Ingredients Jump to Instructions ↓

  1. Amount Measure Ingredient -- Preparation Method -- -- --

  2. 2 cups Mexican black beans

  3. 1/2 teaspoon tamarind pulp -- (see note)

  4. 1/3 cup peanut oil

  5. 2 onions -- chopped

  6. 2 tablespoons grated fresh ginger

  7. 2 tablespoons minced garlic

  8. 1 teaspoon powdered hot red chile -- peppers

  9. 1 teaspoon freshly ground cumin

  10. 1/2 teaspoon turmeric

  11. 1 large ripe tomato -- finely chopped

  12. 2 teaspoons ground roasted cumin seeds

  13. 1 teaspoon garam masala

  14. salt to taste

  15. 1 cup chopped cilantro leaves

Instructions Jump to Ingredients ↑

  1. Pick over and wash the beans. Soak them overnight in cold water to cover.

  2. Soak the tamarind pulp in 2 cups hot water in a nonmetallic bowl for at least 1 hour. Squeeze the pulp with fingers to extract as much juice as possible. Strain, pressing the pulp. Discard the residue and reserve the strained juice and pulp.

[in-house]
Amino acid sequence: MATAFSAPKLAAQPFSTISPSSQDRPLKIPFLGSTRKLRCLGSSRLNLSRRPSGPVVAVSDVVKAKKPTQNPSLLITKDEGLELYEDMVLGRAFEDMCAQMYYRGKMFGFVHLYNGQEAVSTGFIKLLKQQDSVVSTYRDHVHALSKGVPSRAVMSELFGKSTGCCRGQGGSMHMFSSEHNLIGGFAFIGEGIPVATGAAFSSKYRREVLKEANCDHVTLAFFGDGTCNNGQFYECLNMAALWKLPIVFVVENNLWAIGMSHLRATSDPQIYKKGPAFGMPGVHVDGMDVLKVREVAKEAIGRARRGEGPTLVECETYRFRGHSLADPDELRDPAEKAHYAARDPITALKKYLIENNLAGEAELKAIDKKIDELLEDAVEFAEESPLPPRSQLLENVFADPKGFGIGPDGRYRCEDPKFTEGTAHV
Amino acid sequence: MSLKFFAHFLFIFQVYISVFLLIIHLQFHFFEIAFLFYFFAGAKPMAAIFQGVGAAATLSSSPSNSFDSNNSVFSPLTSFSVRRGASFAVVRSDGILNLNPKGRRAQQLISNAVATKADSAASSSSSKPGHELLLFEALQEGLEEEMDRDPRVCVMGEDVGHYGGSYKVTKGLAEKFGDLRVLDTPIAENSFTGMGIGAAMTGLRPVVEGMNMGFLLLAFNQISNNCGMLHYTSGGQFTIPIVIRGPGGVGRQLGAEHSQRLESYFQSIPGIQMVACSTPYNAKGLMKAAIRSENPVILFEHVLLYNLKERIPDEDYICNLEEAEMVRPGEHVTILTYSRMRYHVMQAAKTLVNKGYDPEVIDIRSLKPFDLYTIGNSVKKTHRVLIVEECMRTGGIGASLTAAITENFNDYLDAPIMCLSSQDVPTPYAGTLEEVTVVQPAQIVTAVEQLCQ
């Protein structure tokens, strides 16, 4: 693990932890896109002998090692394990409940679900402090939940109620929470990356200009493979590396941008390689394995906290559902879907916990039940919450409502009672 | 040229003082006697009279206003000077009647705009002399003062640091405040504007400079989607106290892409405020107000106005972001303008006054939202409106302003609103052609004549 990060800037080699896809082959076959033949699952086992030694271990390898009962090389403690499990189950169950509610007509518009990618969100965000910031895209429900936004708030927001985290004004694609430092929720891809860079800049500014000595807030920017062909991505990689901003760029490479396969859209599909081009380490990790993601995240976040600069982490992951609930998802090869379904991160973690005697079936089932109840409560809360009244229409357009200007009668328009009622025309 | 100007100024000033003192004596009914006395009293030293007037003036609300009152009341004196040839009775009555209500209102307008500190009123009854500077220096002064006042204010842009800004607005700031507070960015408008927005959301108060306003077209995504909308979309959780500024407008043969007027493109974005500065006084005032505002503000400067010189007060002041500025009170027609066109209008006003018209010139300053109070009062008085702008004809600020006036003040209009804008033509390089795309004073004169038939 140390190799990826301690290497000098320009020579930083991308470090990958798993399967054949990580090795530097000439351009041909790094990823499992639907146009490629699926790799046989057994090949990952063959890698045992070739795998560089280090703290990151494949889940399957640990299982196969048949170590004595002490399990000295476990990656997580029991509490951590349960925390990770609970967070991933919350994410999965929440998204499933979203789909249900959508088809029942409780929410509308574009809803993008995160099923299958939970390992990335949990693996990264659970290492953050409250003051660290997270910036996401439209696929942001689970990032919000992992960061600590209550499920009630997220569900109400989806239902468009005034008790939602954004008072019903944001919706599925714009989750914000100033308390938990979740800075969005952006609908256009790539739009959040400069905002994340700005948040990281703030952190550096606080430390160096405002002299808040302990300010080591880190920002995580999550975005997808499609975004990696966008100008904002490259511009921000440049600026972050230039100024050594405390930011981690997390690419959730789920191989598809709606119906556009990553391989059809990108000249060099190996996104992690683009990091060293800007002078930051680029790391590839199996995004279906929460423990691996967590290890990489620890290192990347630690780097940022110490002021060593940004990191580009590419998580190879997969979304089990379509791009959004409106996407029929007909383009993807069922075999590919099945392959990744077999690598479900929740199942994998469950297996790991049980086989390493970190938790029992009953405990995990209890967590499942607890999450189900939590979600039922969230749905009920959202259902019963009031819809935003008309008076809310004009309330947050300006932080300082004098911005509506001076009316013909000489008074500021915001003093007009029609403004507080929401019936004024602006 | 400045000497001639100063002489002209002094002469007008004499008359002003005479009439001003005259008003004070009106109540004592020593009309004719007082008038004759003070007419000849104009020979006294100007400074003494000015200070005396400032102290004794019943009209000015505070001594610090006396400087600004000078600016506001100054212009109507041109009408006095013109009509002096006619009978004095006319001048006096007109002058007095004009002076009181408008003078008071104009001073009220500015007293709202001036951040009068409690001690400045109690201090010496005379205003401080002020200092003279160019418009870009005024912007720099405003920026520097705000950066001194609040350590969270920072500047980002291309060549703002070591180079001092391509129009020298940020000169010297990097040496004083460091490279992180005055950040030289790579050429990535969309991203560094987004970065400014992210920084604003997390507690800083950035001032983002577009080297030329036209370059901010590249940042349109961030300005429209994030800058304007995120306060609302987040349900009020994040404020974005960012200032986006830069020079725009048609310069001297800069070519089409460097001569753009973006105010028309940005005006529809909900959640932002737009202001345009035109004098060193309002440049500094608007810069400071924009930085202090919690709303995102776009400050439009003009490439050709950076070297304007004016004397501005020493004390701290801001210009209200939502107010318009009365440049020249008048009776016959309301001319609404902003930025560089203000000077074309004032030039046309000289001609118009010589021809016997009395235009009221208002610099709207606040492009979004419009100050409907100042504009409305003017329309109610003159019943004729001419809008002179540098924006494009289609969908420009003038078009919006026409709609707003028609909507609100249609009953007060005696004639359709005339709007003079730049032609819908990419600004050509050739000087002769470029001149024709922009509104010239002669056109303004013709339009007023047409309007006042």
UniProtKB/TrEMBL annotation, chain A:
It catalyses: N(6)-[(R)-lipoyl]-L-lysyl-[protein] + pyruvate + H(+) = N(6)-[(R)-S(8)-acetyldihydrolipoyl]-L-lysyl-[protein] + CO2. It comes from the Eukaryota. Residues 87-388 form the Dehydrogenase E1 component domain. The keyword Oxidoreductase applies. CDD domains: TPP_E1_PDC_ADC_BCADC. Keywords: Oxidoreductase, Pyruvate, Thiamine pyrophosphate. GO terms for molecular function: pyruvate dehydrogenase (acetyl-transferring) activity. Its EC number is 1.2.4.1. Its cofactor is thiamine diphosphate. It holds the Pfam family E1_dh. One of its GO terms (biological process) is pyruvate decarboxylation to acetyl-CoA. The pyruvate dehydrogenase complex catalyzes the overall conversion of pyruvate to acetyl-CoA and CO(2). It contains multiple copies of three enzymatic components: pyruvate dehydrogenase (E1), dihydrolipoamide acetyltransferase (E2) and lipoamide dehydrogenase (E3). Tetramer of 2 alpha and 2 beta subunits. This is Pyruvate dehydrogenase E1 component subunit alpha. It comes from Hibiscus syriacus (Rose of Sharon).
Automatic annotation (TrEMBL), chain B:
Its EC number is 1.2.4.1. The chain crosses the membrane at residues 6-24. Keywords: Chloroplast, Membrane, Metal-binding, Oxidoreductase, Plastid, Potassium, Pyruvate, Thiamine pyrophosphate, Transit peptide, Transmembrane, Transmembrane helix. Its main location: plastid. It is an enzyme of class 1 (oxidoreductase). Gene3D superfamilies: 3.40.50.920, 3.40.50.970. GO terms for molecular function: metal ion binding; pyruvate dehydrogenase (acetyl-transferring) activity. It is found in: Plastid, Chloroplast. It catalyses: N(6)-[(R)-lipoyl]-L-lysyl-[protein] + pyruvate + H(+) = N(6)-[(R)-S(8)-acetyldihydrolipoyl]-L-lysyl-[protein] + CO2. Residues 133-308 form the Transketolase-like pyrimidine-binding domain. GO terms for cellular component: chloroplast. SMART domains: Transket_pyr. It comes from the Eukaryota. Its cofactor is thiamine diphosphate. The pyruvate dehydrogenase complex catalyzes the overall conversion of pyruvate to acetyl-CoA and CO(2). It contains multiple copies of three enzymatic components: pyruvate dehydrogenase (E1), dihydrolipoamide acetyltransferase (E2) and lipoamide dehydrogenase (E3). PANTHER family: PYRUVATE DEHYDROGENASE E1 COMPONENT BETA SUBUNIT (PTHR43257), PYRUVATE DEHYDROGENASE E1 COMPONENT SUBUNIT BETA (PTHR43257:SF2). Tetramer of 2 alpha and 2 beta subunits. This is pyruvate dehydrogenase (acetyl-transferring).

3. Heat the oil in a heavy, shallow pan. Add the onions and cook, stirring frequently, until they turn almost reddish brown, 10 to 12 minutes. Add the ginger and garlic and cook for 5 minutes longer, stirring constantly and scraping the bottom of the pan. Add the chile pepper, cumin and turmeric, and cook for 10 or 15 seconds. Stir in the tomatoes and let them cook until they form a sauce and fat separates out.

  4. Drain the beans and add to the pan along with 2 cups water. Cover and simmer until the beans are almost done. Check the water level from time to time, and if the beans look dry, add small amounts of hot water.

  5. When the beans have finished cooking, there should be plenty of sauce. Stir in the tamarind, cover and simmer until the beans are very tender. Stir in the roasted cumin seeds, garam masala, salt and 1/2 cup of the cilantro leaves. Cover the pan and let rest for at least 10 minutes. Reheat and serve garnished with remaining cilantro leaves.

  6. NOTE: Tamarind is available in cake form at Indian markets.

  7. Adapted from Julie Sahni's "Classic Indian Cooking." From San Francisco Chronicle, 12/7/88


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